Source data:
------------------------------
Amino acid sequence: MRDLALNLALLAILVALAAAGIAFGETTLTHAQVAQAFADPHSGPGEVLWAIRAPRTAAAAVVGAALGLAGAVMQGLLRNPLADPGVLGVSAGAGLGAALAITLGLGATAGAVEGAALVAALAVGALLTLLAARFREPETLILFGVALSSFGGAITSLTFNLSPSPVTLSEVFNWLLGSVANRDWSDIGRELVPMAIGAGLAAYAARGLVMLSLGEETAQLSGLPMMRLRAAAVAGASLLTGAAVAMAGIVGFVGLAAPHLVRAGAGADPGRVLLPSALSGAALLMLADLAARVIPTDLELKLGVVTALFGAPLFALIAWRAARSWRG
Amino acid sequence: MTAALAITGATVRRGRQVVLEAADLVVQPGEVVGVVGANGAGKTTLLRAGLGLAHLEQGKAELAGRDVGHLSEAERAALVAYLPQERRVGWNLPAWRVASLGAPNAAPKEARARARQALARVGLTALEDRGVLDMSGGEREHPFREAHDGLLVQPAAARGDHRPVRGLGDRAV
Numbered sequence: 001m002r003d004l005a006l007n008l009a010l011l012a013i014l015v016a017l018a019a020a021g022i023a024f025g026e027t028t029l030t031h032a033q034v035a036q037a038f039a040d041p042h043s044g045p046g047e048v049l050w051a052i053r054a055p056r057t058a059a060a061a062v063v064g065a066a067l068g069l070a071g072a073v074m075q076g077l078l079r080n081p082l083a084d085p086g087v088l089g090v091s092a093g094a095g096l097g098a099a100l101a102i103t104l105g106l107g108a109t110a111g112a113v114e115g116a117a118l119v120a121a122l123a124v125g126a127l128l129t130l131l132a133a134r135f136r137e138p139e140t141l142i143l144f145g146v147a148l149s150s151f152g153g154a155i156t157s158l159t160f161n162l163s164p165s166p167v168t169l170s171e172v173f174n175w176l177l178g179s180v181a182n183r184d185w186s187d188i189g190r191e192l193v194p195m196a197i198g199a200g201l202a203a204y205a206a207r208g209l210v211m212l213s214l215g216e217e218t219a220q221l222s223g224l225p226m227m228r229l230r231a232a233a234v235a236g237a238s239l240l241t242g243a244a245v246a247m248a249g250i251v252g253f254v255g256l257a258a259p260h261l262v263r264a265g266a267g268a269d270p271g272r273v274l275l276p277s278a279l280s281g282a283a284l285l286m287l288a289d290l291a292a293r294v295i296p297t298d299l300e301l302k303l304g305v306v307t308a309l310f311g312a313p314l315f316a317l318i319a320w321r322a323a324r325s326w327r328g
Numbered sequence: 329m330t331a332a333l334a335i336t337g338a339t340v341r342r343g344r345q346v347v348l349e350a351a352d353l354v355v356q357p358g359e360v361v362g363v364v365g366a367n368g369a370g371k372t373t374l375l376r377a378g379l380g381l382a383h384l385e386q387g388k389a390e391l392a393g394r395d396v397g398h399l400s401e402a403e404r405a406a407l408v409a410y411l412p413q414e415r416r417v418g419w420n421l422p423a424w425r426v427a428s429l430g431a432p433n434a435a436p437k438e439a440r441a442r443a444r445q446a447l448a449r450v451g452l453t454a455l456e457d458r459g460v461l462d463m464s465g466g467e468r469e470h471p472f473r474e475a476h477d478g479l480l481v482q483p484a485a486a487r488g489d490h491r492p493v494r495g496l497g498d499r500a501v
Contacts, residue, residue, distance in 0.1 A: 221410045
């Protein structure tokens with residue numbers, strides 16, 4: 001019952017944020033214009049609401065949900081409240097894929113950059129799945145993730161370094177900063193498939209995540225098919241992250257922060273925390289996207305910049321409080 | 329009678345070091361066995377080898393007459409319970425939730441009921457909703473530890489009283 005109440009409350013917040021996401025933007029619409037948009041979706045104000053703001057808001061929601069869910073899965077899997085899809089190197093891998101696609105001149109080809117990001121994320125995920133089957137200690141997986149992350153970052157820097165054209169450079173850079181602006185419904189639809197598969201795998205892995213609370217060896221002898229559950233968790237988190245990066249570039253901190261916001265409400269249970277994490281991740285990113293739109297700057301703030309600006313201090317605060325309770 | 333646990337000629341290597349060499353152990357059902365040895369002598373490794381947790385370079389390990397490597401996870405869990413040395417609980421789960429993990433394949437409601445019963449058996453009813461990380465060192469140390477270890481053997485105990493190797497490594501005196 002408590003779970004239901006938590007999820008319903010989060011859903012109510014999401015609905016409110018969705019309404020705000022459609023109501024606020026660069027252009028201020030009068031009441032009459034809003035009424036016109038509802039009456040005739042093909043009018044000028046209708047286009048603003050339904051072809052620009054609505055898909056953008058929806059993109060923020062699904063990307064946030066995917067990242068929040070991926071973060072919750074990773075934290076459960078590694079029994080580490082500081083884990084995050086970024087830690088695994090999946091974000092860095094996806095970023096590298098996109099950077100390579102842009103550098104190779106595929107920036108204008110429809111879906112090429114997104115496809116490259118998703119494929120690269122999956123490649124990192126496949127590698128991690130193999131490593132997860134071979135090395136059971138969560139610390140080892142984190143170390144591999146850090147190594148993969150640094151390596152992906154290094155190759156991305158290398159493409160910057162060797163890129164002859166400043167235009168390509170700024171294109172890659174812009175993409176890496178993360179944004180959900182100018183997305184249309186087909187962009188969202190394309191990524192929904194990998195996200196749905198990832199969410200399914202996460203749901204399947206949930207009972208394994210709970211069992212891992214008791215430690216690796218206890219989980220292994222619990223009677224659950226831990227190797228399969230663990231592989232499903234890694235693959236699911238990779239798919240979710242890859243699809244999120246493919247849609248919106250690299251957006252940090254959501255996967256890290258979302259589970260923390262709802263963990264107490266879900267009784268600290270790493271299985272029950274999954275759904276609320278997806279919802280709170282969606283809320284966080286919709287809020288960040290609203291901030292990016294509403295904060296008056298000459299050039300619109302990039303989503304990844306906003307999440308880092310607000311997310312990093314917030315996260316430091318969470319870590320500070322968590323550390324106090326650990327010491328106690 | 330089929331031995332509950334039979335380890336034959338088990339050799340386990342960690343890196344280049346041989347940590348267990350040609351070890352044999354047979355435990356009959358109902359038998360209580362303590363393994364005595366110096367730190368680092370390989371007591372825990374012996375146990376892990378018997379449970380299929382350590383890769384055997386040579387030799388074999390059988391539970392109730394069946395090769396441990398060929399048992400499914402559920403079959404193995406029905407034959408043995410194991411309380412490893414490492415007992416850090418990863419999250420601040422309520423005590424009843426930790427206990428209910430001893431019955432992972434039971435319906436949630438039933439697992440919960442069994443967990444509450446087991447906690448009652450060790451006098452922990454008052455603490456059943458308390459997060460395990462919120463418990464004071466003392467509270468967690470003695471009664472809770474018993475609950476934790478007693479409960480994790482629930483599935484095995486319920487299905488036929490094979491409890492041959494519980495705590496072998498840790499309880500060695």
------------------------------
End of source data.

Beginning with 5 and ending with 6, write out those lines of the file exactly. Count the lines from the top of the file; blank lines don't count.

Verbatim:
Contacts, residue, residue, distance in 0.1 A: 221410045
């Protein structure tokens with residue numbers, strides 16, 4: 001019952017944020033214009049609401065949900081409240097894929113950059129799945145993730161370094177900063193498939209995540225098919241992250257922060273925390289996207305910049321409080 | 329009678345070091361066995377080898393007459409319970425939730441009921457909703473530890489009283 005109440009409350013917040021996401025933007029619409037948009041979706045104000053703001057808001061929601069869910073899965077899997085899809089190197093891998101696609105001149109080809117990001121994320125995920133089957137200690141997986149992350153970052157820097165054209169450079173850079181602006185419904189639809197598969201795998205892995213609370217060896221002898229559950233968790237988190245990066249570039253901190261916001265409400269249970277994490281991740285990113293739109297700057301703030309600006313201090317605060325309770 | 333646990337000629341290597349060499353152990357059902365040895369002598373490794381947790385370079389390990397490597401996870405869990413040395417609980421789960429993990433394949437409601445019963449058996453009813461990380465060192469140390477270890481053997485105990493190797497490594501005196 002408590003779970004239901006938590007999820008319903010989060011859903012109510014999401015609905016409110018969705019309404020705000022459609023109501024606020026660069027252009028201020030009068031009441032009459034809003035009424036016109038509802039009456040005739042093909043009018044000028046209708047286009048603003050339904051072809052620009054609505055898909056953008058929806059993109060923020062699904063990307064946030066995917067990242068929040070991926071973060072919750074990773075934290076459960078590694079029994080580490082500081083884990084995050086970024087830690088695994090999946091974000092860095094996806095970023096590298098996109099950077100390579102842009103550098104190779106595929107920036108204008110429809111879906112090429114997104115496809116490259118998703119494929120690269122999956123490649124990192126496949127590698128991690130193999131490593132997860134071979135090395136059971138969560139610390140080892142984190143170390144591999146850090147190594148993969150640094151390596152992906154290094155190759156991305158290398159493409160910057162060797163890129164002859166400043167235009168390509170700024171294109172890659174812009175993409176890496178993360179944004180959900182100018183997305184249309186087909187962009188969202190394309191990524192929904194990998195996200196749905198990832199969410200399914202996460203749901204399947206949930207009972208394994210709970211069992212891992214008791215430690216690796218206890219989980220292994222619990223009677224659950226831990227190797228399969230663990231592989232499903234890694235693959236699911238990779239798919240979710242890859243699809244999120246493919247849609248919106250690299251957006252940090254959501255996967256890290258979302259589970260923390262709802263963990264107490266879900267009784268600290270790493271299985272029950274999954275759904276609320278997806279919802280709170282969606283809320284966080286919709287809020288960040290609203291901030292990016294509403295904060296008056298000459299050039300619109302990039303989503304990844306906003307999440308880092310607000311997310312990093314917030315996260316430091318969470319870590320500070322968590323550390324106090326650990327010491328106690 | 330089929331031995332509950334039979335380890336034959338088990339050799340386990342960690343890196344280049346041989347940590348267990350040609351070890352044999354047979355435990356009959358109902359038998360209580362303590363393994364005595366110096367730190368680092370390989371007591372825990374012996375146990376892990378018997379449970380299929382350590383890769384055997386040579387030799388074999390059988391539970392109730394069946395090769396441990398060929399048992400499914402559920403079959404193995406029905407034959408043995410194991411309380412490893414490492415007992416850090418990863419999250420601040422309520423005590424009843426930790427206990428209910430001893431019955432992972434039971435319906436949630438039933439697992440919960442069994443967990444509450446087991447906690448009652450060790451006098452922990454008052455603490456059943458308390459997060460395990462919120463418990464004071466003392467509270468967690470003695471009664472809770474018993475609950476934790478007693479409960480994790482629930483599935484095995486319920487299905488036929490094979491409890492041959494519980495705590496072998498840790499309880500060695």